We are afraid. When we see the email heading, the name of someone we have loved, we are afraid to open the link. We hope, in fact, that it is a scam, a mean trick that will destroy our hard drive, blow up our own email accounts, even dissolve the just-finished book. In that moment it is a bargain we would make.
We are afraid that he might be gone already, or that he may be going soon, when we didn’t even know anything was wrong. We are afraid that we did not tell him how much we thought of him, sorry that we didn’t stay in touch better, sad that we were so constrained by the complicated connections and disconnections between us. We are afraid that we have acted too much out of fear and not enough out of love.
Their daughter and our son were married just before 9/11. My husband and I, and our new daughter-in-law’s parents, then became machatunim, a Hebrew/Yiddish word for that describes this unique relationship. There is no English equivalent.
When our children divorced after two sons, many tears and not quite a decade, it was a time of suffering for all of us.
We are afraid to ask if we are still machatunim.
We are afraid to hope, when we learn it is not a death sentence, not necessarily, not yet. Maybe he can beat it, maybe he will. He is researching the disease, they are going to Sloan-Kettering, he will have the treatments, he feels a bit better now. It is very survivable. We are afraid to think about the fact that when he does have the treatments he will not feel better. We are sorry to think of his pain, and now we think of her fear. We wish there were a way to reach out to her, too, across the complicated history of the last decade.
We are afraid it might not be possible. It was our son who left their daughter, and for a long time we were afraid that they hated the young man we love so. We are afraid that there may have been too much damage to repair.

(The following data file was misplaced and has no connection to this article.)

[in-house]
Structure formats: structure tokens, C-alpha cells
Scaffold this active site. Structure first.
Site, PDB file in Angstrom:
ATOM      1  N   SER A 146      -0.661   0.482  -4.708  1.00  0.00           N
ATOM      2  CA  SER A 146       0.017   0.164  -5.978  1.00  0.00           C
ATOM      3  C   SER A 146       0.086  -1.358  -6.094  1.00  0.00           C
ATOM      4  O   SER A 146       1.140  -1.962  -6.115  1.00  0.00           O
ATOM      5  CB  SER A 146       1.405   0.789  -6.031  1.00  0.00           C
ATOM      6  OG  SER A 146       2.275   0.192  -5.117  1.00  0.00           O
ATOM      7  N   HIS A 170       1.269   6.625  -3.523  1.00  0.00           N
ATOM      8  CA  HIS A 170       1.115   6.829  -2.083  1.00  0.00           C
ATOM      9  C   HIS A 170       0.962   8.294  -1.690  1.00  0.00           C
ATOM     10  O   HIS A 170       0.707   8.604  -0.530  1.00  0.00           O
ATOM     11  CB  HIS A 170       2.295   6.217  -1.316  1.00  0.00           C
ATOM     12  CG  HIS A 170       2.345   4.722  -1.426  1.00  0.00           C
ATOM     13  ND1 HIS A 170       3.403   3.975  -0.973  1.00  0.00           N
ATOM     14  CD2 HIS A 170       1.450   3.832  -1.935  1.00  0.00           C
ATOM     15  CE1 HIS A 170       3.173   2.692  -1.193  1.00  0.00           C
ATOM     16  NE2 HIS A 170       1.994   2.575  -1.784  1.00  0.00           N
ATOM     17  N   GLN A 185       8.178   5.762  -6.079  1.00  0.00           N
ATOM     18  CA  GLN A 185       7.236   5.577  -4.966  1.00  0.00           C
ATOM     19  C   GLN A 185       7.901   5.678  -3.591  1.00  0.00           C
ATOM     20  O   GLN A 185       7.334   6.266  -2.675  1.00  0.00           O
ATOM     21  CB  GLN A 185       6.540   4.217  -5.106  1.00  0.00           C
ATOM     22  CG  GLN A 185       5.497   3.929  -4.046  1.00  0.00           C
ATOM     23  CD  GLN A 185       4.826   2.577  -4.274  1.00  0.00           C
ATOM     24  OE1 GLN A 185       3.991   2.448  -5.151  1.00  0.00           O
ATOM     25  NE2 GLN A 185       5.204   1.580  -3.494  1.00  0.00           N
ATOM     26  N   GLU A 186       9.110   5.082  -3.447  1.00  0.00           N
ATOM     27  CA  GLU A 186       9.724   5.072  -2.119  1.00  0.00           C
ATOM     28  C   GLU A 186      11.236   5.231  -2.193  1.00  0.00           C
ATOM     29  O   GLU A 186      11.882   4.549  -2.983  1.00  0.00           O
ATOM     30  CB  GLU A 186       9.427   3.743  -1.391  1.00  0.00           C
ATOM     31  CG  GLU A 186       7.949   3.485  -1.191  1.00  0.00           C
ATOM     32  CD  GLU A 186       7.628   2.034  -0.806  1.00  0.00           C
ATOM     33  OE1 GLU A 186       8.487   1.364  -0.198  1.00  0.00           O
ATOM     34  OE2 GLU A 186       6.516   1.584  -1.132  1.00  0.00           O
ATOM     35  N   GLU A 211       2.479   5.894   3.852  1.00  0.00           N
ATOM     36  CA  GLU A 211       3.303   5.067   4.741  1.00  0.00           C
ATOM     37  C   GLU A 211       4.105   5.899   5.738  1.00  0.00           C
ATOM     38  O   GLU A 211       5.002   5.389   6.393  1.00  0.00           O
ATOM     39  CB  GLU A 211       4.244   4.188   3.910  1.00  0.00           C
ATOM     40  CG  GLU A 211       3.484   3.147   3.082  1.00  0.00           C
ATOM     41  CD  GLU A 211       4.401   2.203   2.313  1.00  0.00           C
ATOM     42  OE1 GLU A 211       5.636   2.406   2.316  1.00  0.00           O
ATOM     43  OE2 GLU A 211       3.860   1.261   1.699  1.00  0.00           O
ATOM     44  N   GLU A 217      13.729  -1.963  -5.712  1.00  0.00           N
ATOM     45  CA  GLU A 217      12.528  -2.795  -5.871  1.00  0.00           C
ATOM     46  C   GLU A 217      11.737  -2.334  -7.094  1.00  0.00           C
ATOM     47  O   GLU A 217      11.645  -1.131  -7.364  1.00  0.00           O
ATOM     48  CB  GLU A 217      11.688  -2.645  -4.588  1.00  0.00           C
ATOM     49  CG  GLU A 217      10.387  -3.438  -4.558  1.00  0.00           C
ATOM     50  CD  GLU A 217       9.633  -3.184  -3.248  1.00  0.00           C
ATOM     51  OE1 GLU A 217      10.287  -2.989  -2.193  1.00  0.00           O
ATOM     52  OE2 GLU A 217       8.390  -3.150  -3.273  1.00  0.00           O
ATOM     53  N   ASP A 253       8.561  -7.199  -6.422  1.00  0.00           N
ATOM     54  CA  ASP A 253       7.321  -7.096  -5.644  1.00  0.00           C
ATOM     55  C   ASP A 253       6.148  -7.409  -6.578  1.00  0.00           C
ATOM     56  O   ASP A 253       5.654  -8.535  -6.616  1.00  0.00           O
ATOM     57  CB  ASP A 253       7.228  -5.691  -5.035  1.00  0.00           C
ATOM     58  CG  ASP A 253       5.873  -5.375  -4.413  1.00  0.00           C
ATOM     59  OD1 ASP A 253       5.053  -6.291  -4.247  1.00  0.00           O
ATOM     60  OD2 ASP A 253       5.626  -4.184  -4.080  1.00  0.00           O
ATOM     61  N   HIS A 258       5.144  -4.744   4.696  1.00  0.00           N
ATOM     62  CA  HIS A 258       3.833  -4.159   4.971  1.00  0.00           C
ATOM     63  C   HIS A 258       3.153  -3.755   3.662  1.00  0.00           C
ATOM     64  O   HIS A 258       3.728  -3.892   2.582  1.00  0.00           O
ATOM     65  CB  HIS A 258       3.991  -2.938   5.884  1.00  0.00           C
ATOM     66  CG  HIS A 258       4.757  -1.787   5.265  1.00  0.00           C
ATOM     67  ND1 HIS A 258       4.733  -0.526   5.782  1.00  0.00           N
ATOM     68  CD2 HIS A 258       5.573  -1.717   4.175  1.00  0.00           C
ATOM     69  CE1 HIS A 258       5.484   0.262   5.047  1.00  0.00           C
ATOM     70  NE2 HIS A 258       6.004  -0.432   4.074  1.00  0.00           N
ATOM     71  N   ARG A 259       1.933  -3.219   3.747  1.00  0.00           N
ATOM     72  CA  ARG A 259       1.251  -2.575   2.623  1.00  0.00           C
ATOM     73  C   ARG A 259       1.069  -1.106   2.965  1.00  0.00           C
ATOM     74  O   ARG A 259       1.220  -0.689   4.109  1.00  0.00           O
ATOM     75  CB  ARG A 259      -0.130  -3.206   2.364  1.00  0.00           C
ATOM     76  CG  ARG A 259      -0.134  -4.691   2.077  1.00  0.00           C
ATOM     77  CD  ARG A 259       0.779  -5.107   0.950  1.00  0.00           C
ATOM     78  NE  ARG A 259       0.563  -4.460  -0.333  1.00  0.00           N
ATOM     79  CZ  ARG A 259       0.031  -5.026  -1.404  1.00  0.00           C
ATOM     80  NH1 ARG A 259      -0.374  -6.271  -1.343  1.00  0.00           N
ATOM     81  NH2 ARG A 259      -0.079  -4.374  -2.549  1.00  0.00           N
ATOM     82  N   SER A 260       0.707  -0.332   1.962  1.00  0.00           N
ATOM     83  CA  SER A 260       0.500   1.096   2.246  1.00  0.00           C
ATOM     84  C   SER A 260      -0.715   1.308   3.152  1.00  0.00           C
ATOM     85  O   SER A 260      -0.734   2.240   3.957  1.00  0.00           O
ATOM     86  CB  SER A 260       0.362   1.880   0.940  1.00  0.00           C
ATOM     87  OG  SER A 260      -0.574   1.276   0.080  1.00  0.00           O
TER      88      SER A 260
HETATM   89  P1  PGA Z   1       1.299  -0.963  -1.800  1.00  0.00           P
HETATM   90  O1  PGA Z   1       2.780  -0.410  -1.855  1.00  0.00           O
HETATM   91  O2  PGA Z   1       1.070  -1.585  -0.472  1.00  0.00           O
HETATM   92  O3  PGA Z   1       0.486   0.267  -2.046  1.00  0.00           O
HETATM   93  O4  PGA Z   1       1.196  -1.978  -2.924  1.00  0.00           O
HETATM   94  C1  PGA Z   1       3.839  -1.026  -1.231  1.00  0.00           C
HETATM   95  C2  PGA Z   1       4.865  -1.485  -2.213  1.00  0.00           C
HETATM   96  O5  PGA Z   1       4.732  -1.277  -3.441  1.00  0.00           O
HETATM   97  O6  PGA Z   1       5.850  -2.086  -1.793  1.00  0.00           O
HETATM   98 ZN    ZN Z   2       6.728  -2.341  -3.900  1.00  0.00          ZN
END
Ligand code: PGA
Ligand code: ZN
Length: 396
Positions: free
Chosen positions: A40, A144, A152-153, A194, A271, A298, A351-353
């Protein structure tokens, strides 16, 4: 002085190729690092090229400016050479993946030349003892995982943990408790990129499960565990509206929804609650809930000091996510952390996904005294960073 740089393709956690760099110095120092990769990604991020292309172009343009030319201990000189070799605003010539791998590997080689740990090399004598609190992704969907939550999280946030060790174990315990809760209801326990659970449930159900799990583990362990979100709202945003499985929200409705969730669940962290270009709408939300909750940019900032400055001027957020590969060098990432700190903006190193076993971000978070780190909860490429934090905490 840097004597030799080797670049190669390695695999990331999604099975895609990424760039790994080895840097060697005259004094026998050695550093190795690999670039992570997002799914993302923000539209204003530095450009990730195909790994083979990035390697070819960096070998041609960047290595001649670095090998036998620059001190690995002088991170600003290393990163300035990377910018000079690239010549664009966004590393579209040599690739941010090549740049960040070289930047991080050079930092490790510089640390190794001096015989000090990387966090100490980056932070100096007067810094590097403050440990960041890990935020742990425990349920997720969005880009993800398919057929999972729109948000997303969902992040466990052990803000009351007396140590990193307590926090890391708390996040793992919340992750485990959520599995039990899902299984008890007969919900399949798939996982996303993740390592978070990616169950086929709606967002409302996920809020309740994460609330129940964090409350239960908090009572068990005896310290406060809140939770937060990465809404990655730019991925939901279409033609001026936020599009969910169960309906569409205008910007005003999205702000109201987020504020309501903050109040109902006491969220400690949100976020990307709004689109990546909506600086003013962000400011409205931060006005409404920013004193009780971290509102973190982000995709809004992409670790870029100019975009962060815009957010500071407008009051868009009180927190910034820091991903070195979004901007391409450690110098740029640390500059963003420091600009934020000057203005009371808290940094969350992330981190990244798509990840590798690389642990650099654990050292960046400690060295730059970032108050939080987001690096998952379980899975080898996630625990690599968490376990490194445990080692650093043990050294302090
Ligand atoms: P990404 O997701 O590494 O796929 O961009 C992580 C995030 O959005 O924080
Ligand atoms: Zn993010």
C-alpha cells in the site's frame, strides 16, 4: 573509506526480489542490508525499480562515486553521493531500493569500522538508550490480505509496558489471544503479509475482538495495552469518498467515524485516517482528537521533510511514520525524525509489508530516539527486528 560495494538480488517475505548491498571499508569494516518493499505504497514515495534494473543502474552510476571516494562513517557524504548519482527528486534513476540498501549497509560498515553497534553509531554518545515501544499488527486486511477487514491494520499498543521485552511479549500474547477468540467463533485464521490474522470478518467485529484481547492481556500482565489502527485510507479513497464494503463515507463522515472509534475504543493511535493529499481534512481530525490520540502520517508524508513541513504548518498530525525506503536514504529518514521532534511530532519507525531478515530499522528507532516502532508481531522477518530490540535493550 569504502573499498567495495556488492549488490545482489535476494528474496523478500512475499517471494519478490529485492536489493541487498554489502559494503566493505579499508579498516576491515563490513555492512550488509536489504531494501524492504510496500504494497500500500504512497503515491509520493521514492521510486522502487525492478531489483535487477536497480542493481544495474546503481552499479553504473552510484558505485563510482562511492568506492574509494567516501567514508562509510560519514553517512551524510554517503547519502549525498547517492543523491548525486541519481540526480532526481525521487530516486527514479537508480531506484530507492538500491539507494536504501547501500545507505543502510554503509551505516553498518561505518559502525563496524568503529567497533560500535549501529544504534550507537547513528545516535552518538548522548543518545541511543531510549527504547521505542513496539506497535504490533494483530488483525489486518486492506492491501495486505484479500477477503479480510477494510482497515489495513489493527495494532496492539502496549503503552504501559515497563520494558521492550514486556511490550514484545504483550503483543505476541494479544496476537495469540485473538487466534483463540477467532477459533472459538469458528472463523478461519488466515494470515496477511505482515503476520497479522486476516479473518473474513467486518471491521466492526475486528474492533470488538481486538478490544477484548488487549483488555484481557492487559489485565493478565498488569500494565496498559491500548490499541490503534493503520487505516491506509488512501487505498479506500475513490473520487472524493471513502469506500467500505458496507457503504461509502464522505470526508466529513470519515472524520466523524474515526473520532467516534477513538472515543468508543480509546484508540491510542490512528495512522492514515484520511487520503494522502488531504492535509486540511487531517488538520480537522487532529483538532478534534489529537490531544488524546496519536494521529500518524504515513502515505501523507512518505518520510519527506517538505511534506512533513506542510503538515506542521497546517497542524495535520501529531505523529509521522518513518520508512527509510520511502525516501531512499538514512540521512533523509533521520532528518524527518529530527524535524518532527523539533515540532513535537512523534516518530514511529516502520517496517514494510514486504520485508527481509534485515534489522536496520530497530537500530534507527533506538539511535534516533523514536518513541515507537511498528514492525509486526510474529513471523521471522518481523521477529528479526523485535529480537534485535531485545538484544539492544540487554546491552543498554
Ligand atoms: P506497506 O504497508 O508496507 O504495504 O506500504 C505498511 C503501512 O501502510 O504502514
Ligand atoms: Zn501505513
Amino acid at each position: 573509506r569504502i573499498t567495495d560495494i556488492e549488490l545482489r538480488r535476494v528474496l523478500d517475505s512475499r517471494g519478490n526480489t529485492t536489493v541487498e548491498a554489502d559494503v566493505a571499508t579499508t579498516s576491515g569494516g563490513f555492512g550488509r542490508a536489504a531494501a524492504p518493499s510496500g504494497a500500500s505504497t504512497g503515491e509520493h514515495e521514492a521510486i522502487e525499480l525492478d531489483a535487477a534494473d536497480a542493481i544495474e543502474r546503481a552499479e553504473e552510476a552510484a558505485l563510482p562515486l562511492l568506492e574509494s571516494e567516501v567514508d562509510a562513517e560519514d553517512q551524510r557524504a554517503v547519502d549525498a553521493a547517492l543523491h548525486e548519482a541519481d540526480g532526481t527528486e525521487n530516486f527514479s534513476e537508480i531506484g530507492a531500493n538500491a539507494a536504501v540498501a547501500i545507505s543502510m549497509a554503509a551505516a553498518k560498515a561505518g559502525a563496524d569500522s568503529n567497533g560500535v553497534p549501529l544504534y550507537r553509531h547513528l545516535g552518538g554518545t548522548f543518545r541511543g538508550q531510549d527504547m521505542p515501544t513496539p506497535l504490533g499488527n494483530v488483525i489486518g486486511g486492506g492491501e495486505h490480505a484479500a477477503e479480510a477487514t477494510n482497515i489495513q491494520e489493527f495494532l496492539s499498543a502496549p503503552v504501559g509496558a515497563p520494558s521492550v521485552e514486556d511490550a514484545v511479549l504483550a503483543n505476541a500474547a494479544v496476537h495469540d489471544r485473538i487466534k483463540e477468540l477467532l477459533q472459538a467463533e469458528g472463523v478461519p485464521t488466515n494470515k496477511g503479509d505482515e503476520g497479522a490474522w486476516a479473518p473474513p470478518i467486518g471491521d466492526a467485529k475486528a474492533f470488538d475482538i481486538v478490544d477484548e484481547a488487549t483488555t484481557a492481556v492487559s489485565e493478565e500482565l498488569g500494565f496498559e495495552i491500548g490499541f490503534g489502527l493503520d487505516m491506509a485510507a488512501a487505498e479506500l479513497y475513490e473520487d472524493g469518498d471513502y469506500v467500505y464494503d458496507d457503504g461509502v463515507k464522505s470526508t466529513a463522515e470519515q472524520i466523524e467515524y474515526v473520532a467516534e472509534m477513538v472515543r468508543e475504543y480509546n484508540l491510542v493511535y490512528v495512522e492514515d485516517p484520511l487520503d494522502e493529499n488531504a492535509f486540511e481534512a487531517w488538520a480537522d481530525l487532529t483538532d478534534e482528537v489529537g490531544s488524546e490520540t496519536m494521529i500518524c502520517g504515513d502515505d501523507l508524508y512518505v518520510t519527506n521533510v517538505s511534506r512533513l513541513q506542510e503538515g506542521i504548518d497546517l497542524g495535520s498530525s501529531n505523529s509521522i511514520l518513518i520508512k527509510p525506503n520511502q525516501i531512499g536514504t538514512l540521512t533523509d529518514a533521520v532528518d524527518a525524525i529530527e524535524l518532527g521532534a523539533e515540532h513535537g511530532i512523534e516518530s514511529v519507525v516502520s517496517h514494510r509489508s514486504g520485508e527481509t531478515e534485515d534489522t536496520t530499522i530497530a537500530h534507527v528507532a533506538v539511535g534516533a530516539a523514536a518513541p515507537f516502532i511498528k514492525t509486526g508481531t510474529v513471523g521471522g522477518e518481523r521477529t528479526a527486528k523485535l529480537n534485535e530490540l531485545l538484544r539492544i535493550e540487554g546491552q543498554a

We are afraid that the grandsons we share may lose their other grandfather, their younger grandfather. We are afraid that they will not have the chance to follow him again to the woods, once more to the lake, help paddle the canoe, climb another Adirondack peak. They are not grown, they are not done with him. Not done helping him with his bees, not done with the Cub Scouts and the Eagle Scouts and the annual cardboard boat race.
We are afraid when we realize that we ourselves are not done with him. We are afraid that we took for granted his good humor, his resilience, his willingness to forgive. Once his daughter and the boys were settled again, once the years did their healing work, he didn’t hold it against us. He was glad to be friends whenever we had a chance to meet, and we were grateful each time.
We are afraid that we may be letting go of him too soon, afraid that if we do not ignore the worst possibility, ward it off with enough determination, we might somehow invite it.
We are afraid that we did not deserve him. We are afraid that if we do not lose him now after all that we will go back to other things. We are afraid that we will again forget to think of him, that we may forget the gratitude that our fear brings now.